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Mortgage Payments up 30% from 2022 Across U.S.

Today’s homebuyers’ monthly mortgage payments are almost 30% higher than year-ago buyers due to higher mortgage rates.

TAMPA, Fla. – Increased mortgage rates across the United States means increased monthly payments for homebuyers. According to new data on mortgage payments from Redfin real estate, payments are up almost 30% from March 2022.

Redfin’s data shows that as of March 5, the typical monthly mortgage payment hit an all-time high of $2,563, compared to $1,988 in March 2022. The company said it’s a 29% increase from a year ago, and that the rise of mortgage rates is coming even as home prices have started to fall.

Home affordability changes mean the average buyer has to look for a cheaper house or settle in to wait.

Mortgage rates hit 6.73% last Thursday, according to federally-backed mortgage company Freddie Mac. Mortgage Daily News, an industry mortgage tracker, reported the Thursday mortgage rate on their daily tracker was 6.76%. Both rates are for 30-year fixed rate mortgages.

According to Redfin, current rates and budgeting needs put the average price for a homebuyer at $376,000 for a house, rather than the previous cost of $400,000 a month ago, when mortgage rates were about 6%. Compared to 2022, Redfin said spending power has declined “dramatically” as a result of lower mortgage rates, which at the time were 3.85%.

“High monthly payments are deterring would-be homebuyers and sellers who want to hang onto their relatively low rates,” Redfin reported. “Pending home sales declined 16.1% year over year and were essentially flat from a week earlier, defying seasonal trends; pending sales typically increase throughout March. New listings of homes for sale dropped 21.7%, the biggest decline in two months.”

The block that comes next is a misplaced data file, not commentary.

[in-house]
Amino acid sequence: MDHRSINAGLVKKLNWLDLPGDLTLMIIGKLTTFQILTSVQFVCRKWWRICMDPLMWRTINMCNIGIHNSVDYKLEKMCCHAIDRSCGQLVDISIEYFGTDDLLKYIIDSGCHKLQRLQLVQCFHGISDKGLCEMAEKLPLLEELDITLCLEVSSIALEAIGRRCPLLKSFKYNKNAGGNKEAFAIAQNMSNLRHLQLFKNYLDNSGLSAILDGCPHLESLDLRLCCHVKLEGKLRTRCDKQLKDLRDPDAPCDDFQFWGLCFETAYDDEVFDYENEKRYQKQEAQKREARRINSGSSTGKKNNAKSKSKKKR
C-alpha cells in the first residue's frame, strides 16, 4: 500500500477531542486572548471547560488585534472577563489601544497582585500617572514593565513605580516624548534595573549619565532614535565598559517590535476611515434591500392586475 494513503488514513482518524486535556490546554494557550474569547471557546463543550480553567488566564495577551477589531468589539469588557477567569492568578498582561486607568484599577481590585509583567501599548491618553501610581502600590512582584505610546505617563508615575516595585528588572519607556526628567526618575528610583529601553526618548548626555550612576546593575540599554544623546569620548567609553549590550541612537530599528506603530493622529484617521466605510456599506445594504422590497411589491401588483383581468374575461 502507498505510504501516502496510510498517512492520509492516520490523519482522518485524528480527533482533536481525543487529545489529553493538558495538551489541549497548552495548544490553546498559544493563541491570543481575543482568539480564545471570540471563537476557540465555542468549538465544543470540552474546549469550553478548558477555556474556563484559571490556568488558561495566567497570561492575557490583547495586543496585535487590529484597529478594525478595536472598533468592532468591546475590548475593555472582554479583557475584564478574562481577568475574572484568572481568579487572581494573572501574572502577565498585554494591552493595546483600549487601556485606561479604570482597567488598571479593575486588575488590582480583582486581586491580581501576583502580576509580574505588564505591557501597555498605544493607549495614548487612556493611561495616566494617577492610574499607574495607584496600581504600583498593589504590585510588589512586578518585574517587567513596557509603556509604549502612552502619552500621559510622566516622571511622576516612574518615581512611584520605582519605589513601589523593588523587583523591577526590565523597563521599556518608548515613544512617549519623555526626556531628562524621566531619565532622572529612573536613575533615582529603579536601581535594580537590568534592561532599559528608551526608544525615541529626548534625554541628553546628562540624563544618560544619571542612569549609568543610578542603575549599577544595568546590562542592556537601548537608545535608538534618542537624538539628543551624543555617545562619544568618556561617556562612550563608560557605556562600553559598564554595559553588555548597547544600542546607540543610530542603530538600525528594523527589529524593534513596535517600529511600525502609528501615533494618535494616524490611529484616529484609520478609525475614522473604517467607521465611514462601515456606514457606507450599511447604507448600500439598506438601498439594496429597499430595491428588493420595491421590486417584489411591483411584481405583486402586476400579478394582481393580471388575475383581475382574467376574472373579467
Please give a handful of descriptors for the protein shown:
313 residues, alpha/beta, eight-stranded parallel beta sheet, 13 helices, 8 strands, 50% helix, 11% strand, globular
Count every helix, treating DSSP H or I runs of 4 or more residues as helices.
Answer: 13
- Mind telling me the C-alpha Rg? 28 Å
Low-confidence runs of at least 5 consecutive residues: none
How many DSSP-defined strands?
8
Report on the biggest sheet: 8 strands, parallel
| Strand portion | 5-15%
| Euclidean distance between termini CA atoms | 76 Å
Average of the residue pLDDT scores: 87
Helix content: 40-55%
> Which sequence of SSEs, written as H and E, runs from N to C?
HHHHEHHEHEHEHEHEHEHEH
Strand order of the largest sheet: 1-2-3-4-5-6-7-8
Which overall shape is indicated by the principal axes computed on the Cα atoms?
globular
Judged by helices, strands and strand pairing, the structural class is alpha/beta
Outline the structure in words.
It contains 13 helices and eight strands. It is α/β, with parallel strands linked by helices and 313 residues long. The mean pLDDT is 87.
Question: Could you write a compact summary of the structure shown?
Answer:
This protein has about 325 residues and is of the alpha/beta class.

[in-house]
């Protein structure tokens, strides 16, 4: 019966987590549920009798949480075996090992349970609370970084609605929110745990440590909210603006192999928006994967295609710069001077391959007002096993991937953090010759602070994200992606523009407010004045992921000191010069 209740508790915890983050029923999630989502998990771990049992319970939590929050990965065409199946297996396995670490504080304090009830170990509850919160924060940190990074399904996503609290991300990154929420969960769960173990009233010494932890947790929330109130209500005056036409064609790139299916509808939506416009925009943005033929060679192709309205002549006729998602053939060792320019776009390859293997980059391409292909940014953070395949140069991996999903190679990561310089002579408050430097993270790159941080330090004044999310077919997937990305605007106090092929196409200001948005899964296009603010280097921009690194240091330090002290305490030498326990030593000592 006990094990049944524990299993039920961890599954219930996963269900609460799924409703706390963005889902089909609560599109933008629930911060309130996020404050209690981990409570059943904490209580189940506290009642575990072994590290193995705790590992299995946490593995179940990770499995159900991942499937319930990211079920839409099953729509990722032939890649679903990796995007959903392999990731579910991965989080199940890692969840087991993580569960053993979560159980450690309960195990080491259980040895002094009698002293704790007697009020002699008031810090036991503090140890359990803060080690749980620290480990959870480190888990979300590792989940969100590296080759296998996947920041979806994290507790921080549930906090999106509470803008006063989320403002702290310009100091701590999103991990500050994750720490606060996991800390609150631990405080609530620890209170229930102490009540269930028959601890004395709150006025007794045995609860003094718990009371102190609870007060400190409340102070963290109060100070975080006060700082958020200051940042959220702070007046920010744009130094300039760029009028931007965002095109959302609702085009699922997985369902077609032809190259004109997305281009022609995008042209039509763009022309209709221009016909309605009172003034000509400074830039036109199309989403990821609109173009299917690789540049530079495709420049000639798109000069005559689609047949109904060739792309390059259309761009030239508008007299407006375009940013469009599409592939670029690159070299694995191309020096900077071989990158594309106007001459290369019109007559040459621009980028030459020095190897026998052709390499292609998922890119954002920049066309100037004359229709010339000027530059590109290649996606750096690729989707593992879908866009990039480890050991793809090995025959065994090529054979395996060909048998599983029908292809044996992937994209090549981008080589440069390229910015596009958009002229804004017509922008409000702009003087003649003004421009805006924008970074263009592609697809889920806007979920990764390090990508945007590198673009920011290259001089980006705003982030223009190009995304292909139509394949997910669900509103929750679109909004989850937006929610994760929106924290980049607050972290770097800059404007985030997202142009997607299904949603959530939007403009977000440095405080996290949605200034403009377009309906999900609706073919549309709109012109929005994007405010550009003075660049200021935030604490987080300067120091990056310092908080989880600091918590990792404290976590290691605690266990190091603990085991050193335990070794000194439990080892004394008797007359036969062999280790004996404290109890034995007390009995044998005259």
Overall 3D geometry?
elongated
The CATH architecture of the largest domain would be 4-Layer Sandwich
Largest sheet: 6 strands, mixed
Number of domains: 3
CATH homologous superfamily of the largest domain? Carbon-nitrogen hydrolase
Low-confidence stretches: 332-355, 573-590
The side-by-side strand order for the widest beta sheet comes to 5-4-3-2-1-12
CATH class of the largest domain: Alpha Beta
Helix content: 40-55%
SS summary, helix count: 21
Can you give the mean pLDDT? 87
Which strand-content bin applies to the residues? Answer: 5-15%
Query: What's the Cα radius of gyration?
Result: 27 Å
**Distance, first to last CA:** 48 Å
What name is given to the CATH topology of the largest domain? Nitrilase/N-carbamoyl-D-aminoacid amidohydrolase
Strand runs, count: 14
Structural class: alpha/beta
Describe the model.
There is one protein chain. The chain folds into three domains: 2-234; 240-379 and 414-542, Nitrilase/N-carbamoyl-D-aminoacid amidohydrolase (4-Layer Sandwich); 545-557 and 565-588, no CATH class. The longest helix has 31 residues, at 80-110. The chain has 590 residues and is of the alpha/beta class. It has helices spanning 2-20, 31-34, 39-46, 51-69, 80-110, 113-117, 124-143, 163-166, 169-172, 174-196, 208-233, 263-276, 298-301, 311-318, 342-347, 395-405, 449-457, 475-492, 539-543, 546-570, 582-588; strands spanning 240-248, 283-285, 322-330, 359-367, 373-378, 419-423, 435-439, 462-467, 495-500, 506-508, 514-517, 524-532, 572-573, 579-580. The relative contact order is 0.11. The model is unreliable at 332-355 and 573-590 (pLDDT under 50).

Redfin Deputy Chief Economist Taylor Marr said the impact of inflation on mortgage rates and the housing markets is still large. Pointing to announcements by the U.S. Federal Reserve that it would be implementing a larger basis point increase for interest rates, Marr said homebuyers and sellers are “ultra-sensitive” to the rate fluctuations.

“Rates starting to decline would likely bring some buyers and sellers back,” Marr said. “Rates rising would push more away.”

Signs of a stronger market?

Based on the more than 400 metro areas Redfin surveyed for their latest mortgage data, the company said homebuyer demand was up 16% compared to last fall’s low, and pending sales are not going down as fast as in November.

Mortgage applications, according to the Mortgage Bankers Association, are also increasing. MBA said that as of March 3, applications had gone up 7.4% compared to the week before. The MBA also said mortgage delinquency for multifamily and commercial residences were low, even as loans increased.

“Commercial and multifamily mortgage delinquency rates remained low at the end of 2022,” Jamie Woodwell, MBA’s head of commercial real estate research, said. “There were slight upticks among loans in CMBS, life companies, and banks and decreases for Fannie Mae and Freddie Mac, but the overall performance remained positive. It is likely that as higher interest rates and softer property values work through the system this year – prompted by maturing and adjustable-rate loans – loan performance will adjust.”

Still, federally-backed mortgage lender Fannie Mae reported affordability concerns retain their impact as high prices and worries over job security abound for Americans.

“While both components remain positive on net, in February 44% of consumers reported that it’s a bad time to sell a home, up from 39% last month,” Fannie Mae said. “24% expressed concern about losing their job in the next 12 months, up from 18% last month.”

The company’s senior vice president and chief economist, Doug Duncan, said the lower purchase sentiment score was due to caution from current market conditions, driven by “a substantial decrease in consumers’ sense of home-selling conditions.”

Duncan continued, saying the home-selling sentiment was near an all-time low, and lower than pre-pandemic levels.

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